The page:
JOE ROSENFELD CENTER– On November 15, 2022, alumni Janice Joplin `98 came to Grinnell College to speak about her massively successful breakthrough novel, Nerfed on My Noyce: A Robert Noyce and Joe Rosenfield Love Story, which instantly sold out when it hit the shelves of the Pioneer Bookshop, Grinnell College’s bookstore, in 2020. Shortly after that, Joplin’s novel went nation-wide. It can easily be found in Barnes & Nobles and other local bookstores.

The success of Jopline’s novel has also become the success of Grinnell College; since its release, applications to Grinnell College have soared, reaching numbers as high as 140,000 applicants each year. According to Berenice Sanders, Assistant to the Dean of the Registrar, the most common theme in the applicants’ personal essays was the profound impact Joplin’s novel had on their life, identity, and career path.

Corn Maze Installed in Front of JRC 101: Union Files Suit, College Claims Coincidence

By Conrad Dahm  

On October 6th, the Union of Grinnell Student Dining Workers (UGSDW) and Grinnell College began negotiating over the first labor contract in American history that applies to all undergraduate workers at a school. The bargaining session was open to the public and held in JRC 101. It was well attended by students, many of whom were sympathetic to UGSDW. During the session, some students got a little overzealous with their clapping, booing, and throwing of rotten tomatoes at anyone perceived as a member of the Grinnell administration. (Unfortunately, that kid who wears a suit to class may have been caught in the crossfire.) As bargaining continued, students continued to heckle the College, which must have been very very hard for the $2.93 billion-endowed institution.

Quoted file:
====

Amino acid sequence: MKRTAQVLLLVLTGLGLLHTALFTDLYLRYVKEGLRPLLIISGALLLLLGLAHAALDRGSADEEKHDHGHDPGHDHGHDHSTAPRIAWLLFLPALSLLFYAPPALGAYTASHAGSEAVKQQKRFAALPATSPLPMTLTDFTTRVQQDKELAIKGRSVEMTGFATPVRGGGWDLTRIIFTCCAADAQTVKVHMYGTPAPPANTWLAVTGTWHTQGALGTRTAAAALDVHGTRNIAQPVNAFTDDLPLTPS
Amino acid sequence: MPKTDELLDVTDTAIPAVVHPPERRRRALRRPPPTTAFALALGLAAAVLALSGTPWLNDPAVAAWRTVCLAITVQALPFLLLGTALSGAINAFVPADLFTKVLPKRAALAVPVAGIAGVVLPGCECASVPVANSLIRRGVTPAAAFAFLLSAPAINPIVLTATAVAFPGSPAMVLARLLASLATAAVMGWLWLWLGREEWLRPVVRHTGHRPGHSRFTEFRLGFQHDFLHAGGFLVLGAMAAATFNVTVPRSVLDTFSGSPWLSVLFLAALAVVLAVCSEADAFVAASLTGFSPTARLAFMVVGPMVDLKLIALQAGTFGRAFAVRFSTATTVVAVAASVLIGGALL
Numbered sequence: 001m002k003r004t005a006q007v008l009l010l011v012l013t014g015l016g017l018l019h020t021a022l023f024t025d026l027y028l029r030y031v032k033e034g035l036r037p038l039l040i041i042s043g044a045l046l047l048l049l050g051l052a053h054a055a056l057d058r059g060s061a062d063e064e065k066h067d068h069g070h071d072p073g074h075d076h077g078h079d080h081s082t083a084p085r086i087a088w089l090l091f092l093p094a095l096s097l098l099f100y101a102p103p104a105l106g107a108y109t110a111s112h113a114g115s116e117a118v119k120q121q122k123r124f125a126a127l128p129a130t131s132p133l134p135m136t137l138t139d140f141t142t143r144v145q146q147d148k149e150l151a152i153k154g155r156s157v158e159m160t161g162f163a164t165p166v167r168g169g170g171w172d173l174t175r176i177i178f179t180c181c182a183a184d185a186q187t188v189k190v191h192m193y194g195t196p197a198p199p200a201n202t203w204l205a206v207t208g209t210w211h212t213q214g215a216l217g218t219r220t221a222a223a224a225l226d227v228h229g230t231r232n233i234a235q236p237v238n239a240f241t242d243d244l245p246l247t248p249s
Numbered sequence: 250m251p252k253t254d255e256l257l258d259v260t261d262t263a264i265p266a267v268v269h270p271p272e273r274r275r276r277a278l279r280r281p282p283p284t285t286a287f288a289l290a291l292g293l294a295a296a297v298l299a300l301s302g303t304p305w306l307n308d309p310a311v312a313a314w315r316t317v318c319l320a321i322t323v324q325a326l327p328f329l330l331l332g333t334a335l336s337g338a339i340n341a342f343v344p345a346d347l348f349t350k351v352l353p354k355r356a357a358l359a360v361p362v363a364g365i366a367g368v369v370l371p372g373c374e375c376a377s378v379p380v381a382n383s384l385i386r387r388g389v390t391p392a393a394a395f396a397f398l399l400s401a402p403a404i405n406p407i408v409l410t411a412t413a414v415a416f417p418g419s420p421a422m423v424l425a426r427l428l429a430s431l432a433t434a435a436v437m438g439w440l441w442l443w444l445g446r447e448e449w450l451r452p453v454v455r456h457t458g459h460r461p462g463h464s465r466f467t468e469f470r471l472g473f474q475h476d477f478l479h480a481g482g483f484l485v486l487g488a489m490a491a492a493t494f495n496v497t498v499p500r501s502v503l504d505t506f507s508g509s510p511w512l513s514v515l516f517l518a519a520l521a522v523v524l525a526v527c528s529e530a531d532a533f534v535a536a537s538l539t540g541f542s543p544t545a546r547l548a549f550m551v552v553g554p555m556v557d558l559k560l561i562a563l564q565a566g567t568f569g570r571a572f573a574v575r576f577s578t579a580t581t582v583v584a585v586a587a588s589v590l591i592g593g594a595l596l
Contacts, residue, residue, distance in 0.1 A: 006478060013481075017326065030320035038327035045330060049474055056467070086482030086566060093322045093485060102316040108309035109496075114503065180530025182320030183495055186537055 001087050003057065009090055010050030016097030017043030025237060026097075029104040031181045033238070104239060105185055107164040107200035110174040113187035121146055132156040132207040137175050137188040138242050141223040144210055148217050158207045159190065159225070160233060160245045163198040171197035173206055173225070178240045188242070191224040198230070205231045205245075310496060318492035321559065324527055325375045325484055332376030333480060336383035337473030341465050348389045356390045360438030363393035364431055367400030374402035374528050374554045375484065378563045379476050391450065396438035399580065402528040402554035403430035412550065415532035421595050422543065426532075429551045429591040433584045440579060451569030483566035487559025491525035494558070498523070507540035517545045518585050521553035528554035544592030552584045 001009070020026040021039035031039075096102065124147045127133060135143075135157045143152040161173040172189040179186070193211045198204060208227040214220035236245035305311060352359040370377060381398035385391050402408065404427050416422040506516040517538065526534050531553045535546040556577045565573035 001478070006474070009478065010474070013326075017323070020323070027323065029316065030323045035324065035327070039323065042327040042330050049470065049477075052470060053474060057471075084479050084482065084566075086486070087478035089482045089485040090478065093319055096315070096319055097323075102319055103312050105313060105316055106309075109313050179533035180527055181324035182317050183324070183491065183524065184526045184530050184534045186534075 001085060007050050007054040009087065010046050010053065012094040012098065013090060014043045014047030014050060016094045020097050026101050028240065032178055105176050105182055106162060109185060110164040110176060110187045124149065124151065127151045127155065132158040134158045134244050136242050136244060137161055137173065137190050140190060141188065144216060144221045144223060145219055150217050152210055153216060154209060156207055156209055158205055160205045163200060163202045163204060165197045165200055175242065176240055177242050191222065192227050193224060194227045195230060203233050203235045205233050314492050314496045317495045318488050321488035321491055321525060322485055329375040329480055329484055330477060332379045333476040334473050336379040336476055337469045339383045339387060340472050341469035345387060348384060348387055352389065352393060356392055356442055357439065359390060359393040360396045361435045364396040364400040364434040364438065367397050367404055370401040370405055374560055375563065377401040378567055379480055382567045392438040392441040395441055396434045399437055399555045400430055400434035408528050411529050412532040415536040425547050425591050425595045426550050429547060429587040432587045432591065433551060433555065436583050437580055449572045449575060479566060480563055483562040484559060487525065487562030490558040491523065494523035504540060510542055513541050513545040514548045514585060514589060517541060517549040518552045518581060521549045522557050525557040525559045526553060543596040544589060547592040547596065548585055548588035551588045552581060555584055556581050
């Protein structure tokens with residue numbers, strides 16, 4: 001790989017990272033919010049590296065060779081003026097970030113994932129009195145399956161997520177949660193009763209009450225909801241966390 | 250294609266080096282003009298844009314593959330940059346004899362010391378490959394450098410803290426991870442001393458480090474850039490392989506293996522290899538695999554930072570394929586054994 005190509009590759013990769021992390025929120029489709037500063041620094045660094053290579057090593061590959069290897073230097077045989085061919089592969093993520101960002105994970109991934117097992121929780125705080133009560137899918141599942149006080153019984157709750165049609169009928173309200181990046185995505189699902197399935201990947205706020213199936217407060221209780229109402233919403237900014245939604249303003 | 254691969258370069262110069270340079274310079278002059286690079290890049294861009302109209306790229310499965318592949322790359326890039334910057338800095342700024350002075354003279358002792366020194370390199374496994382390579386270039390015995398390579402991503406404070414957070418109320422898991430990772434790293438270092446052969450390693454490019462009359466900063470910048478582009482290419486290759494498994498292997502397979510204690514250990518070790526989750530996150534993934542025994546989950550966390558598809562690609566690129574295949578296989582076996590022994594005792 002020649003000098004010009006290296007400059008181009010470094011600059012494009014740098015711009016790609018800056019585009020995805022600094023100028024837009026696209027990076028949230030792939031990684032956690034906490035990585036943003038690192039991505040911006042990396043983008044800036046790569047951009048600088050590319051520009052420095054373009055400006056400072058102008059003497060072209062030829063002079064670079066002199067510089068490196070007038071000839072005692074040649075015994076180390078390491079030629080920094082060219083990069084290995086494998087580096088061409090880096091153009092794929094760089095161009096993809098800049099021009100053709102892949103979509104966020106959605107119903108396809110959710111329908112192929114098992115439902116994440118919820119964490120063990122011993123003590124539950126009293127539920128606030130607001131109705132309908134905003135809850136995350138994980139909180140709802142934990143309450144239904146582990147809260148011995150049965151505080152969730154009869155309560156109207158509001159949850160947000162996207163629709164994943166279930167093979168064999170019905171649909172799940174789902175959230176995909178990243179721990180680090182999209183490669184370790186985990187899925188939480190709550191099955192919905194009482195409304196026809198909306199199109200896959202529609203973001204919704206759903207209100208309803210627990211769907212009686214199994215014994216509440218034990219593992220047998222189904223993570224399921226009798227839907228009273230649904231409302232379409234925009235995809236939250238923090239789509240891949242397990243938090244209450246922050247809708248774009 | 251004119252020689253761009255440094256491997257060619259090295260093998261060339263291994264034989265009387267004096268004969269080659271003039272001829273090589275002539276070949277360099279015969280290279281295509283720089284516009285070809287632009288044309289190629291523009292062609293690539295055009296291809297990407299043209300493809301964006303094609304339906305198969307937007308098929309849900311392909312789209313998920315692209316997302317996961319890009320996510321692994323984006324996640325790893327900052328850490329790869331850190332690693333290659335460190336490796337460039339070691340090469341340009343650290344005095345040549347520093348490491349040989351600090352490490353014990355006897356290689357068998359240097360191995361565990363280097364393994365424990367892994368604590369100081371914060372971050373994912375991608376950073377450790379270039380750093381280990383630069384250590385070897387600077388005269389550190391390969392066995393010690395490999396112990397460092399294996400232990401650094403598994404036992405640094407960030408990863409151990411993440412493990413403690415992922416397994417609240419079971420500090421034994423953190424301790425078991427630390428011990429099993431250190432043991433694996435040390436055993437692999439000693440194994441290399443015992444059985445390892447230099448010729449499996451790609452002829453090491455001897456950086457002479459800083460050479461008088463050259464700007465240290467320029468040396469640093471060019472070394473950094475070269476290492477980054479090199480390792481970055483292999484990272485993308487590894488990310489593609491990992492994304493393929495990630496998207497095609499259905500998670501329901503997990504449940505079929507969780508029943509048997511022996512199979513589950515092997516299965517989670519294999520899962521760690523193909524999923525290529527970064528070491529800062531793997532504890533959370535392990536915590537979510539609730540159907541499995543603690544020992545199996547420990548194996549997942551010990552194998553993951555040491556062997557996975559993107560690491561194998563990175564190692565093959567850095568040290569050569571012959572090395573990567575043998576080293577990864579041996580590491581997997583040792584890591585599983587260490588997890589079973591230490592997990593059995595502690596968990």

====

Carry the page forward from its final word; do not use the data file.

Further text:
Coincidentally, for this week’s bargaining session and for the foreseeable future, the College has decided to install a corn maze in front of the JRC, in a move that is completely unrelated to bargaining. The B&S spoke with College administrators, Union leaders, and students about the move and their thoughts on the issues.